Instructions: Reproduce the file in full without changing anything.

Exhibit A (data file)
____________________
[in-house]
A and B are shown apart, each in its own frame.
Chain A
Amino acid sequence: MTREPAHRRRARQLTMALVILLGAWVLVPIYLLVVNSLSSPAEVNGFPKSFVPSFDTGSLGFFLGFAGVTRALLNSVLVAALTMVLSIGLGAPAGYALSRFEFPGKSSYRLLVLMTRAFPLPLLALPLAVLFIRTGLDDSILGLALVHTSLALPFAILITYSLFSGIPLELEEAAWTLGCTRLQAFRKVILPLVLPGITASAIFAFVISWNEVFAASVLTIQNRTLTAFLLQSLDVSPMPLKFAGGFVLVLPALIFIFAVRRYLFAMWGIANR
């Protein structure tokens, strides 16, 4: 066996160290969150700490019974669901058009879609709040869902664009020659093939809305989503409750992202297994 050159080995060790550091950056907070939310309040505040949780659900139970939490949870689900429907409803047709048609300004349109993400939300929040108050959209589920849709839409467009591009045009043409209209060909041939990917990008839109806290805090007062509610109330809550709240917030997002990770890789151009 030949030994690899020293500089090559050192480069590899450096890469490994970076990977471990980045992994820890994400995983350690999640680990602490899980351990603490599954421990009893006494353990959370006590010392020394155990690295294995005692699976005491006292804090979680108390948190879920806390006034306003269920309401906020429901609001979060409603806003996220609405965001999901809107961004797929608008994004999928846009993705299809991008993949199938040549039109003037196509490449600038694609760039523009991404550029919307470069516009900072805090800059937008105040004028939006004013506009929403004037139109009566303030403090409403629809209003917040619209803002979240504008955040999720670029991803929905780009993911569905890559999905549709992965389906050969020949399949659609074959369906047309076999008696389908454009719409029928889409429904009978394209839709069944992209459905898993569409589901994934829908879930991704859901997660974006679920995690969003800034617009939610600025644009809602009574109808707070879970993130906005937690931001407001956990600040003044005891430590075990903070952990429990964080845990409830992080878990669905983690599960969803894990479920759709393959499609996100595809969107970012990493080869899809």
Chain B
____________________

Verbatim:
[in-house]
A and B are shown apart, each in its own frame.
Chain A
Amino acid sequence: MTREPAHRRRARQLTMALVILLGAWVLVPIYLLVVNSLSSPAEVNGFPKSFVPSFDTGSLGFFLGFAGVTRALLNSVLVAALTMVLSIGLGAPAGYALSRFEFPGKSSYRLLVLMTRAFPLPLLALPLAVLFIRTGLDDSILGLALVHTSLALPFAILITYSLFSGIPLELEEAAWTLGCTRLQAFRKVILPLVLPGITASAIFAFVISWNEVFAASVLTIQNRTLTAFLLQSLDVSPMPLKFAGGFVLVLPALIFIFAVRRYLFAMWGIANR
């Protein structure tokens, strides 16, 4: 066996160290969150700490019974669901058009879609709040869902664009020659093939809305989503409750992202297994 050159080995060790550091950056907070939310309040505040949780659900139970939490949870689900429907409803047709048609300004349109993400939300929040108050959209589920849709839409467009591009045009043409209209060909041939990917990008839109806290805090007062509610109330809550709240917030997002990770890789151009 030949030994690899020293500089090559050192480069590899450096890469490994970076990977471990980045992994820890994400995983350690999640680990602490899980351990603490599954421990009893006494353990959370006590010392020394155990690295294995005692699976005491006292804090979680108390948190879920806390006034306003269920309401906020429901609001979060409603806003996220609405965001999901809107961004797929608008994004999928846009993705299809991008993949199938040549039109003037196509490449600038694609760039523009991404550029919307470069516009900072805090800059937008105040004028939006004013506009929403004037139109009566303030403090409403629809209003917040619209803002979240504008955040999720670029991803929905780009993911569905890559999905549709992965389906050969020949399949659609074959369906047309076999008696389908454009719409029928889409429904009978394209839709069944992209459905898993569409589901994934829908879930991704859901997660974006679920995690969003800034617009939610600025644009809602009574109808707070879970993130906005937690931001407001956990600040003044005891430590075990903070952990429990964080845990409830992080878990669905983690599960969803894990479920759709393959499609996100595809969107970012990493080869899809």
Chain B